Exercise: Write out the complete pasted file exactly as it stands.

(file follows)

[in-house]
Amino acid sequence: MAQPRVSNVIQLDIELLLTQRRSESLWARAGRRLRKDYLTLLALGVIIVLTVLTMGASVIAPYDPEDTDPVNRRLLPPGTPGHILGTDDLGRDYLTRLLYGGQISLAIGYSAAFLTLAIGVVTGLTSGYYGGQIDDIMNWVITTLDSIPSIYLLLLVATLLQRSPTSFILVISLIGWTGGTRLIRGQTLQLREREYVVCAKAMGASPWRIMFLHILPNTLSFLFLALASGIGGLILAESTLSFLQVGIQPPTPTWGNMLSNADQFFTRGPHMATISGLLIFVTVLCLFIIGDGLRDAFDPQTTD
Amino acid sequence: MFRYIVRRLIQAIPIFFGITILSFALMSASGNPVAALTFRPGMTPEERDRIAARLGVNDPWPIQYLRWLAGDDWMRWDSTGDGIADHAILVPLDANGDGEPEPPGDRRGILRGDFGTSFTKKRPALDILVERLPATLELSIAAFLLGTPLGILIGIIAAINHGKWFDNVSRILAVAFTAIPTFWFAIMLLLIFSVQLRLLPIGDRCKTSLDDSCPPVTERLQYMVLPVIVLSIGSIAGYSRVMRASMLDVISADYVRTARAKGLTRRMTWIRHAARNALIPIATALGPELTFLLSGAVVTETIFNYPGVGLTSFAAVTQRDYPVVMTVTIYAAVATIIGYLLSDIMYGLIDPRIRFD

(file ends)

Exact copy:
[in-house]
Amino acid sequence: MAQPRVSNVIQLDIELLLTQRRSESLWARAGRRLRKDYLTLLALGVIIVLTVLTMGASVIAPYDPEDTDPVNRRLLPPGTPGHILGTDDLGRDYLTRLLYGGQISLAIGYSAAFLTLAIGVVTGLTSGYYGGQIDDIMNWVITTLDSIPSIYLLLLVATLLQRSPTSFILVISLIGWTGGTRLIRGQTLQLREREYVVCAKAMGASPWRIMFLHILPNTLSFLFLALASGIGGLILAESTLSFLQVGIQPPTPTWGNMLSNADQFFTRGPHMATISGLLIFVTVLCLFIIGDGLRDAFDPQTTD
Amino acid sequence: MFRYIVRRLIQAIPIFFGITILSFALMSASGNPVAALTFRPGMTPEERDRIAARLGVNDPWPIQYLRWLAGDDWMRWDSTGDGIADHAILVPLDANGDGEPEPPGDRRGILRGDFGTSFTKKRPALDILVERLPATLELSIAAFLLGTPLGILIGIIAAINHGKWFDNVSRILAVAFTAIPTFWFAIMLLLIFSVQLRLLPIGDRCKTSLDDSCPPVTERLQYMVLPVIVLSIGSIAGYSRVMRASMLDVISADYVRTARAKGLTRRMTWIRHAARNALIPIATALGPELTFLLSGAVVTETIFNYPGVGLTSFAAVTQRDYPVVMTVTIYAAVATIIGYLLSDIMYGLIDPRIRFD